Grain Boundary Migration in Iron During Zincification
Diffusion of a solute into a polycrystalline sample at temperatures where only grain boundary diffusion is active has been observed to induce otherwise stable grain boundaries to migrate. This phenomenon has been observed in many binary metal systems1–5 under a variety of experimental conditions. The region swept by the boundary has a much higher solute concentration than can be accounted for by volume diffusion. The solute is left behind as the boundary migrates, while the region ahead of the migrating boundary remains solute free. Since no large scale size change in the samples is observed (above that due to a change in the molar volume), solvent atoms must leave the interior of the sample and diffuse to the surface via grain boundaries, or cause dislocation motion or void formation. Besides this net flux of solvent atoms from the grain boundary area, a net flux of the solvent atoms across the boundary is necessary for boundary motion. While it is clear that the driving force for this boundary motion must be the reduction in the total energy of the system that accompanied mixing, how the driving force couples with the atomic transport necessary for boundary motion is not known4.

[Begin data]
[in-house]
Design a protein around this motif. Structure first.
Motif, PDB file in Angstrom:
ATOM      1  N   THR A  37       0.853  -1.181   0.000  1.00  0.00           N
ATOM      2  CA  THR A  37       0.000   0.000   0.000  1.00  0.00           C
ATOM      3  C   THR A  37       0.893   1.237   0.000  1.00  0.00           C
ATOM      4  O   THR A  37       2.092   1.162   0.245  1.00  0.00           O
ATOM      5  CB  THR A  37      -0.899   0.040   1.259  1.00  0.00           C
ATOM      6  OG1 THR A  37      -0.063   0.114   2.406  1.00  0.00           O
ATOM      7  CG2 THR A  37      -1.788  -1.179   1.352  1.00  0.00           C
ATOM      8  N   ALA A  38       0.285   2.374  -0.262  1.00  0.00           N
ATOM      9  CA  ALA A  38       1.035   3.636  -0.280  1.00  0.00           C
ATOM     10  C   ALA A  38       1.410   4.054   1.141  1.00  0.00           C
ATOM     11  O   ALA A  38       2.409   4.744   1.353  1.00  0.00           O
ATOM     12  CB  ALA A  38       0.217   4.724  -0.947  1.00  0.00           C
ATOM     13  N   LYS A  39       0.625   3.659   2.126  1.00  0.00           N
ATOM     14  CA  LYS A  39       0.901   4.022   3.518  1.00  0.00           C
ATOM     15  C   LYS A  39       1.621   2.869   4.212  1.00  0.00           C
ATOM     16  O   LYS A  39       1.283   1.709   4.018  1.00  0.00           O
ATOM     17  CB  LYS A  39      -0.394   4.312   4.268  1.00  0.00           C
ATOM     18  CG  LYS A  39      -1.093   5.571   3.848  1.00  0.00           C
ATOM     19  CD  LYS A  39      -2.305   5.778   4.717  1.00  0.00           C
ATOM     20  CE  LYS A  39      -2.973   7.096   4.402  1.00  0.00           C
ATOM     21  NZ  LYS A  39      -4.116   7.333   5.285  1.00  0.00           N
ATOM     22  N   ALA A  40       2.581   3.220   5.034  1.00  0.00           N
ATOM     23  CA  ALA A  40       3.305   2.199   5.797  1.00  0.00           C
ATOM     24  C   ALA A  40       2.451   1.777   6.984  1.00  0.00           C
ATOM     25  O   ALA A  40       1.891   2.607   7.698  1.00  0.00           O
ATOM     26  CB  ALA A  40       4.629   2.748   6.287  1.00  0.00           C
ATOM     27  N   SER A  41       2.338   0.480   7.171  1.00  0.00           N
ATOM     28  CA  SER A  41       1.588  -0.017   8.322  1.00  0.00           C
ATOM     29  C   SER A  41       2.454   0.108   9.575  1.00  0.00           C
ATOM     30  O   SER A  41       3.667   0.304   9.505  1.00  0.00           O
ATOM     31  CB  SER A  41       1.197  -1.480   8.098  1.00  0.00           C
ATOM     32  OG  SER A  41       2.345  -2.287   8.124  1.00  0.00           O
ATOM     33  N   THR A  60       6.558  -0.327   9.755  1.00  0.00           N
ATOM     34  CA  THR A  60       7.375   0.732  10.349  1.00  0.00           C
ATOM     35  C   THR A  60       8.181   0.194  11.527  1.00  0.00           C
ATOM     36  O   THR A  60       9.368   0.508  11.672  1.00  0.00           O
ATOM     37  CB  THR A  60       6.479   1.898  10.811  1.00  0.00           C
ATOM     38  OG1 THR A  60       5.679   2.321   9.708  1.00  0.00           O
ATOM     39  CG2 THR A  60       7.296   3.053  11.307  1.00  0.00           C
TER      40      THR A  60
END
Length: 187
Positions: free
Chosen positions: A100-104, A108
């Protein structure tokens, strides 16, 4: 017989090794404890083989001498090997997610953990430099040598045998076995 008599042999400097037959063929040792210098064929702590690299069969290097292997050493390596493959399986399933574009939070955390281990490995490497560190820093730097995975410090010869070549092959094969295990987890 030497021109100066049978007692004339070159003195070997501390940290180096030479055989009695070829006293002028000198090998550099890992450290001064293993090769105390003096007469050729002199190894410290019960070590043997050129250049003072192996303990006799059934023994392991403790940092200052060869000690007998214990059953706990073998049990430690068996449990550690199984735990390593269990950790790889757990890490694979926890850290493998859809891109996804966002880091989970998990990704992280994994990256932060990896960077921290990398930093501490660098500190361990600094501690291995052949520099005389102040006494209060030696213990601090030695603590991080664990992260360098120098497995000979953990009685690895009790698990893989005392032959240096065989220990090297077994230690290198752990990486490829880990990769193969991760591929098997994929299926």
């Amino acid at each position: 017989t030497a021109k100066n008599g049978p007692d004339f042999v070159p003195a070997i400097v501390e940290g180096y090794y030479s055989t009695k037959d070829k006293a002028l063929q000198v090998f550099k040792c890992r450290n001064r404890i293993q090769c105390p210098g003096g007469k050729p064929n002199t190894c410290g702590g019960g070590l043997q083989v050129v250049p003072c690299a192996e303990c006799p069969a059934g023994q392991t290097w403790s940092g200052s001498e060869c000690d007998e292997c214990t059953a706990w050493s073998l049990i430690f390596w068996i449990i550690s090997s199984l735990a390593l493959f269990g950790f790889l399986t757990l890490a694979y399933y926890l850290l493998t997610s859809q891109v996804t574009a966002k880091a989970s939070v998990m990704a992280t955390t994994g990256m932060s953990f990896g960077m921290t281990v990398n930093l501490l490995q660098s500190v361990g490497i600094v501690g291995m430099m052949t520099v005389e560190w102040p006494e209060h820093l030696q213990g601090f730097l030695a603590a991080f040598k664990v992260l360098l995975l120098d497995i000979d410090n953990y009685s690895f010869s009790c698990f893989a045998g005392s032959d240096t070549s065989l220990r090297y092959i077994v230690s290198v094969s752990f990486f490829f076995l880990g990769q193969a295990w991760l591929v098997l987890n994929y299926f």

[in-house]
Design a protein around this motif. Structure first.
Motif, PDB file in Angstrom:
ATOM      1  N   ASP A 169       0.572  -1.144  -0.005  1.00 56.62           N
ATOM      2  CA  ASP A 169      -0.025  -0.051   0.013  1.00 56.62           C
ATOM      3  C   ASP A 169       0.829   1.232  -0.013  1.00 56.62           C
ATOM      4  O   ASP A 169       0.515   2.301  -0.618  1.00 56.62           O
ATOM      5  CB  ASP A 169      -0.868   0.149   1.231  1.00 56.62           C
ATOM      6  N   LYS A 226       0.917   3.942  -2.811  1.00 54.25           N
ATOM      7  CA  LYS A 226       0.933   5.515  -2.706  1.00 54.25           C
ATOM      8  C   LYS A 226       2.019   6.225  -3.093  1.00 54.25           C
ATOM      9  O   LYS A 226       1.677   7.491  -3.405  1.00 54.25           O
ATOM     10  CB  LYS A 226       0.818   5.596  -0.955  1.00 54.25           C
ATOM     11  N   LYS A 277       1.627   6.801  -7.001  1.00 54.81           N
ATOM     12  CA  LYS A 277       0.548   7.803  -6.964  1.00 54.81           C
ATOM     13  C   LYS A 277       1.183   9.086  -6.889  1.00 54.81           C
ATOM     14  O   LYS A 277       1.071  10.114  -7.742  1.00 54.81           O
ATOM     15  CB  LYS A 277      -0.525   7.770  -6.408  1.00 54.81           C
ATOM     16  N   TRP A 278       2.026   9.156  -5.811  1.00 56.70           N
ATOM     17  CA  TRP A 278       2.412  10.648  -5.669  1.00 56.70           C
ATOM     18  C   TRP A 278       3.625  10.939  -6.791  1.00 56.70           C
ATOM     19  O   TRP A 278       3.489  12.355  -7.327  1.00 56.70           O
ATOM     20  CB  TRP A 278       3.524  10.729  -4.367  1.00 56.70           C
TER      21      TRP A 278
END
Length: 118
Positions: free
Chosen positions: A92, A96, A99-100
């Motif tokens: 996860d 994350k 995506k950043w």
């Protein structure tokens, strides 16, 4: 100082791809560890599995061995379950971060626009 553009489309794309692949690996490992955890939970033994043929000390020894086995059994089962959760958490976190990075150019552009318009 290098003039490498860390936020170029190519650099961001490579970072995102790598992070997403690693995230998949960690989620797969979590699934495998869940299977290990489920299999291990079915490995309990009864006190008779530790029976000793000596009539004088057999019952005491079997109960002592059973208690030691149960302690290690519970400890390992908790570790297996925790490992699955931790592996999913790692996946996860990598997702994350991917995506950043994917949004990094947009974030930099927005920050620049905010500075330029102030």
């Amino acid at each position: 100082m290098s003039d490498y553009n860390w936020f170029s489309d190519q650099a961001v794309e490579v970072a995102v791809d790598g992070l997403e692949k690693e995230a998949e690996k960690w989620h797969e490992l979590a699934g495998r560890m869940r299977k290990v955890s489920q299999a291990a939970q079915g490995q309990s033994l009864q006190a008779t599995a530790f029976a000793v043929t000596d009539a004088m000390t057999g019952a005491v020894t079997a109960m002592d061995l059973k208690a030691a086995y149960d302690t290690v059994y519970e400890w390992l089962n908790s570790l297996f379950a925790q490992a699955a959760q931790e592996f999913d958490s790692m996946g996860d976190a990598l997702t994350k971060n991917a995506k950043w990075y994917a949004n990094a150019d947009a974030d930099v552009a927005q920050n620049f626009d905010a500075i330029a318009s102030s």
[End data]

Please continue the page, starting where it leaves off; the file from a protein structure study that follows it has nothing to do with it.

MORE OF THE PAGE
KeywordsZinc Concentration Boundary Diffusion Zinc Content Boundary Migration Solvent Atom
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